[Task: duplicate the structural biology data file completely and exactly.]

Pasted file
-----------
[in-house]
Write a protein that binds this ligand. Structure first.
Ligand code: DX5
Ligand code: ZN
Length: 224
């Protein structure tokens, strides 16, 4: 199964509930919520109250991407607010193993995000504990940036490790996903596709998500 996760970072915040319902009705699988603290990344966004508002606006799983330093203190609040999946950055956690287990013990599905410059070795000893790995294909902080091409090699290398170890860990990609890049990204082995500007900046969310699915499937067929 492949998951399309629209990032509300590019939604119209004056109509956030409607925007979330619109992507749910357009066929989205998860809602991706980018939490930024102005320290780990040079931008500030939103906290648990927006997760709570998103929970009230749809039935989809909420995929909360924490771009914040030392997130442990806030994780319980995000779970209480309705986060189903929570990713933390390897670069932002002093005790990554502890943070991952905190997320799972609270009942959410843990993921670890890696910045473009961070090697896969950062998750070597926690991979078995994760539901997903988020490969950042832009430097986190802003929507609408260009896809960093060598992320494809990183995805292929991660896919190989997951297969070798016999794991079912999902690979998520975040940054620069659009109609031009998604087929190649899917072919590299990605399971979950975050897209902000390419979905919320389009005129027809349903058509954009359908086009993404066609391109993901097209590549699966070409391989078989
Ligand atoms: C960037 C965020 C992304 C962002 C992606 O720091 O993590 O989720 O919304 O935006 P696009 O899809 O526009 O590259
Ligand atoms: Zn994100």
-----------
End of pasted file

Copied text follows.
[in-house]
Write a protein that binds this ligand. Structure first.
Ligand code: DX5
Ligand code: ZN
Length: 224
């Protein structure tokens, strides 16, 4: 199964509930919520109250991407607010193993995000504990940036490790996903596709998500 996760970072915040319902009705699988603290990344966004508002606006799983330093203190609040999946950055956690287990013990599905410059070795000893790995294909902080091409090699290398170890860990990609890049990204082995500007900046969310699915499937067929 492949998951399309629209990032509300590019939604119209004056109509956030409607925007979330619109992507749910357009066929989205998860809602991706980018939490930024102005320290780990040079931008500030939103906290648990927006997760709570998103929970009230749809039935989809909420995929909360924490771009914040030392997130442990806030994780319980995000779970209480309705986060189903929570990713933390390897670069932002002093005790990554502890943070991952905190997320799972609270009942959410843990993921670890890696910045473009961070090697896969950062998750070597926690991979078995994760539901997903988020490969950042832009430097986190802003929507609408260009896809960093060598992320494809990183995805292929991660896919190989997951297969070798016999794991079912999902690979998520975040940054620069659009109609031009998604087929190649899917072919590299990605399971979950975050897209902000390419979905919320389009005129027809349903058509954009359908086009993404066609391109993901097209590549699966070409391989078989
Ligand atoms: C960037 C965020 C992304 C962002 C992606 O720091 O993590 O989720 O919304 O935006 P696009 O899809 O526009 O590259
Ligand atoms: Zn994100």